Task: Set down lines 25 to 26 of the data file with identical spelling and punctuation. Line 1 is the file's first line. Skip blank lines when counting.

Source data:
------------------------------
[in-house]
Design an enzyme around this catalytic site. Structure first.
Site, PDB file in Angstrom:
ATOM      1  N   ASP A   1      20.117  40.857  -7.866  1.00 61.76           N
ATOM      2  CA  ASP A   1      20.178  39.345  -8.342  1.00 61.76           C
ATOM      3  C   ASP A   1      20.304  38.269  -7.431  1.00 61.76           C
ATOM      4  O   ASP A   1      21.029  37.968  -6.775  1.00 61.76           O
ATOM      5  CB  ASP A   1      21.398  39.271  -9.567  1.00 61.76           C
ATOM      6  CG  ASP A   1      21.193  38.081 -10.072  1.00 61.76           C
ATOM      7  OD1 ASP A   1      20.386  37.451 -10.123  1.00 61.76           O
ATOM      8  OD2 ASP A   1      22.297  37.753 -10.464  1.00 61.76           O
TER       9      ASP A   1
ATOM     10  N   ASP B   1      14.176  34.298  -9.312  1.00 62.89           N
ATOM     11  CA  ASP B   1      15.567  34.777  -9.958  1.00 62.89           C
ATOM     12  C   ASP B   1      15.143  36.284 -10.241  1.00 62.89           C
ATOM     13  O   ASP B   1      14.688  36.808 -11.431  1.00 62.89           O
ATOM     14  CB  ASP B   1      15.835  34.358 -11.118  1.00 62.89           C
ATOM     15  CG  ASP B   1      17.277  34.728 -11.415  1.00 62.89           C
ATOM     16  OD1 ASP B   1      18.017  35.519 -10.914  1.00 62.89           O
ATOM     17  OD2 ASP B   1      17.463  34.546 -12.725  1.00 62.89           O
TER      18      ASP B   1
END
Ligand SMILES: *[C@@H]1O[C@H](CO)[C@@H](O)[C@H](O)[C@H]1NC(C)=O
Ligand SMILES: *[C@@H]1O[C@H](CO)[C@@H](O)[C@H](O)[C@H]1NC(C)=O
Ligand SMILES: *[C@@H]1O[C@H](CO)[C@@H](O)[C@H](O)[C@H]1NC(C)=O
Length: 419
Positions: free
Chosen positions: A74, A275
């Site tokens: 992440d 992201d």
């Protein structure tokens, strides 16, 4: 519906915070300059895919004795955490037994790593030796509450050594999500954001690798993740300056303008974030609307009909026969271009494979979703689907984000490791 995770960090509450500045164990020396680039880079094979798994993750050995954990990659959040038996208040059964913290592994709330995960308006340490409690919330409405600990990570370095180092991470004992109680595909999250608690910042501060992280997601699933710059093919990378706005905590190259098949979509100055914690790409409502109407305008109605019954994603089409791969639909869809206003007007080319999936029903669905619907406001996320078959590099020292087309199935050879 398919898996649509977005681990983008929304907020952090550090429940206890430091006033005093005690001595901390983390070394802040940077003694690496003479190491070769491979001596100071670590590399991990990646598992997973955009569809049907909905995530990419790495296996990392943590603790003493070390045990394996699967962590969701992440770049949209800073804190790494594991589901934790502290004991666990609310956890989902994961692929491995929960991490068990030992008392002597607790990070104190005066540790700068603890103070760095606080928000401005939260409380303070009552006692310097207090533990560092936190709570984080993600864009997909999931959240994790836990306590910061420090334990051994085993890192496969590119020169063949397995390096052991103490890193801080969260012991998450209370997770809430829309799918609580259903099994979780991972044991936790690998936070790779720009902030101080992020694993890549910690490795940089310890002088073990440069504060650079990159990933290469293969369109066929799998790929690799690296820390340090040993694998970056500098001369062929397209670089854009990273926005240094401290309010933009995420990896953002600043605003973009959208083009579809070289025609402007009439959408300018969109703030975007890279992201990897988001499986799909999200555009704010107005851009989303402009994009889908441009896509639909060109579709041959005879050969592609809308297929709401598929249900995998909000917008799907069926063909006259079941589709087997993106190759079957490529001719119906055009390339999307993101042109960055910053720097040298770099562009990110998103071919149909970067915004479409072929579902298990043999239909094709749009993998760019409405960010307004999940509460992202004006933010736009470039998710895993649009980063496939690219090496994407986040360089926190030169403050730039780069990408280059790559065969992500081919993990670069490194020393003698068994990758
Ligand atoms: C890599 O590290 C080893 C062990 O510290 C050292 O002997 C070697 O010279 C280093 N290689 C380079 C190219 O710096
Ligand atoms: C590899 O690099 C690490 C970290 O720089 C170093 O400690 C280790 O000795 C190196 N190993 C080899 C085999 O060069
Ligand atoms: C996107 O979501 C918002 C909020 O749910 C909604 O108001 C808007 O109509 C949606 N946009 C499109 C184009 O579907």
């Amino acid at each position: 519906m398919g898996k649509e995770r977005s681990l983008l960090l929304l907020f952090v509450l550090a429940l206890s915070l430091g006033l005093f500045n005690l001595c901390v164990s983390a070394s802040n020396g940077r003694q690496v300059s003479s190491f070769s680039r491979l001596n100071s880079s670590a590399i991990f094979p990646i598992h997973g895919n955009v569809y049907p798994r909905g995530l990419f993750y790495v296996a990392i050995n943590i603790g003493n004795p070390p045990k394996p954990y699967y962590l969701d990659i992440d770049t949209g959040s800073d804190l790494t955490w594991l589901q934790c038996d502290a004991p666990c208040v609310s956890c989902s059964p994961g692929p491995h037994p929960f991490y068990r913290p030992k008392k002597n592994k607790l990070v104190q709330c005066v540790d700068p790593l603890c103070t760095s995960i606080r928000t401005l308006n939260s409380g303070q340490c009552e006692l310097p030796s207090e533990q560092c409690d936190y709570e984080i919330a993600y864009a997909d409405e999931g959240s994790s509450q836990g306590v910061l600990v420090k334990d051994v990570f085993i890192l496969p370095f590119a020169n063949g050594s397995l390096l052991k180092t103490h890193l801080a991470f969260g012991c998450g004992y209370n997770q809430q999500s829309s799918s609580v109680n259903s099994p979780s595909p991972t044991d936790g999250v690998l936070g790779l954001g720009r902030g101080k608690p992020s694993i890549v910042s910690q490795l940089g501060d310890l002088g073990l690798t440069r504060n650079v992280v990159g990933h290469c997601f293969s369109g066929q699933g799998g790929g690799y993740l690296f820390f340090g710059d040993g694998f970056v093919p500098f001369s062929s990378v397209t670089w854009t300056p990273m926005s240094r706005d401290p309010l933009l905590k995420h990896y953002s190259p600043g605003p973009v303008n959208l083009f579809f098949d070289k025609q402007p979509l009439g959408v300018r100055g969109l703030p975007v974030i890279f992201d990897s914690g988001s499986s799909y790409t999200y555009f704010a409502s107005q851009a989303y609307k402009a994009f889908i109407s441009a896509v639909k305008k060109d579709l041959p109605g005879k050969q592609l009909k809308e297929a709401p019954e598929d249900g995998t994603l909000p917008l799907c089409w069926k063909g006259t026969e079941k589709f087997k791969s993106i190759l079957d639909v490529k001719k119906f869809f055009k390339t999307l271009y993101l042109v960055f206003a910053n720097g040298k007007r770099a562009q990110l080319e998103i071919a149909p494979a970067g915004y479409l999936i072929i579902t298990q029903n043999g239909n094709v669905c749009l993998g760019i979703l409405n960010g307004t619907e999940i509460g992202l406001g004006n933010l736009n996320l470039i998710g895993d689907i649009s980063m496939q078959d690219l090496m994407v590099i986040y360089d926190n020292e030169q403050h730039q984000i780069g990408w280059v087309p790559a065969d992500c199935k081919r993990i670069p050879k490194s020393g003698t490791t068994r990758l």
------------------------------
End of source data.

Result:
Ligand SMILES: *[C@@H]1O[C@H](CO)[C@@H](O)[C@H](O)[C@H]1NC(C)=O
Length: 419